Nick Puckett is an Associate Professor and Chair of the Digital Futures undergraduate program at OCAD. He is also the founding director of Puckett Research & Design, a design practice that explores near-future speculative design for the built environment through the creation of new tools and technologies that radically alter the process and product of design. This collaborative research spans software, robotics, biological agents, chemical engineering, and material behaviour to generate new potentials for the design of intelligent environments.  

 

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https://ocadu.zoom.us/j/88579389250?pwd=QzhydDkzK1VFOERwYk05Mk80VGJRUT09
Meeting ID: 885 7938 9250
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Jose Sanchez is an Architect, Game Designer, and Theorist based in Detroit, Michigan. He is the director of the Plethora Project (www.plethora-project.com ), a research studio investing in the future of the propagation of architectural design knowledge. 

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Digital Futures Conversations: Jose Sanchez with Nick Puckett
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Dr. Rebecca Fiebrink is a Reader at the Creative Computing Institute at University of the Arts London. Her research focuses on designing new ways for people to interact with computers in creative practice, and especially on creative uses of machine learning. Fiebrink is the developer of Wekinator, open-source software for interactive machine learning that has been downloaded over 40,000 times, and she is the creator of the world’s first MOOC about machine learning for creative practitioners. Much of her work is driven by a belief in the importance of inclusion, participation, and accessibility: she works frequently with human-centred and participatory design processes, and she is currently working on projects related to creating new accessible technologies with people with disabilities, designing inclusive machine learning curricula and tools, and applying participatory design methodologies in digital humanities.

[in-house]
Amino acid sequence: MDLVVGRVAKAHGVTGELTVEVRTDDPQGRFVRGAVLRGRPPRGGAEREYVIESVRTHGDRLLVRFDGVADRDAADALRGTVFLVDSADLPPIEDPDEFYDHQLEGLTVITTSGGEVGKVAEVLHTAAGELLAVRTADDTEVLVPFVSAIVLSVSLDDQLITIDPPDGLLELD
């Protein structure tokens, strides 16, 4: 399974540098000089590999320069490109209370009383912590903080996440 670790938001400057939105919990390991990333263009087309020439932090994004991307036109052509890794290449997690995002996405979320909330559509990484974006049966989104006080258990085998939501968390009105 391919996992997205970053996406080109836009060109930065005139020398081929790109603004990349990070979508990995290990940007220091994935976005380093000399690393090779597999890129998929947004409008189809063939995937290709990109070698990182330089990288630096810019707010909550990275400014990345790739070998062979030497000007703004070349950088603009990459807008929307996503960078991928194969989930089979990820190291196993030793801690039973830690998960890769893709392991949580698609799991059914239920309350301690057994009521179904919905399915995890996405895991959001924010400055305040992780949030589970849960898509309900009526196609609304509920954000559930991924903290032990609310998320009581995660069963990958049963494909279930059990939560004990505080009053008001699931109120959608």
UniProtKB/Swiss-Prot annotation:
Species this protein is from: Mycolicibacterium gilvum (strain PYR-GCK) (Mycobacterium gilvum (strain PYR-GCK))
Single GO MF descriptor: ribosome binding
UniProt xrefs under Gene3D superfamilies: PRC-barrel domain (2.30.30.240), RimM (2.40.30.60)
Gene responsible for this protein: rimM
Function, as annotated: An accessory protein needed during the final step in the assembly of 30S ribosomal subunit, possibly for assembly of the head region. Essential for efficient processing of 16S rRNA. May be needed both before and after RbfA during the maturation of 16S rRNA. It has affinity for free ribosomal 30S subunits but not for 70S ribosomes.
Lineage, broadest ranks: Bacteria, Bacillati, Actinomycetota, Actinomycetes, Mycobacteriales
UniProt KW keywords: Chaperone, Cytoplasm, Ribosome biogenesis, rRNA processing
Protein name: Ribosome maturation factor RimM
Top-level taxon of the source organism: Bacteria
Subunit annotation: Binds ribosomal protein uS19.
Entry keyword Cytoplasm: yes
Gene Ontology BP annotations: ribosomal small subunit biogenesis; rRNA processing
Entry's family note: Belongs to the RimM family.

Adam Tindale is an electronic drummer and digital instrument designer. He is an Associate Professor of Human-Computer Interaction in the Digital Futures Initiative at OCAD University. Adam performs on his E-Drumset: a new electronic instrument that utilizes physical modeling and machine learning with an intuitive physical interface. He completed a Bachelor of Music at Queen's University, a Masters of Music Technology at McGill University, and an Interdisciplinary Ph.D. in Music, Computer Science and Electrical Engineering at the University of Victoria. 

3 keywords: Machine learning, interaction, creative computing 

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https://ocadu.zoom.us/j/85349654277?pwd=eEJUcTBOYTk1WEMxOWgrODZhUVgxdz09

Meeting ID: 853 4965 4277
Passcode: 89%U+jV7
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How machine learning can support human creative practices

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Digital Futures Conversations: With Rebecca Fiebrink and Adam Tindale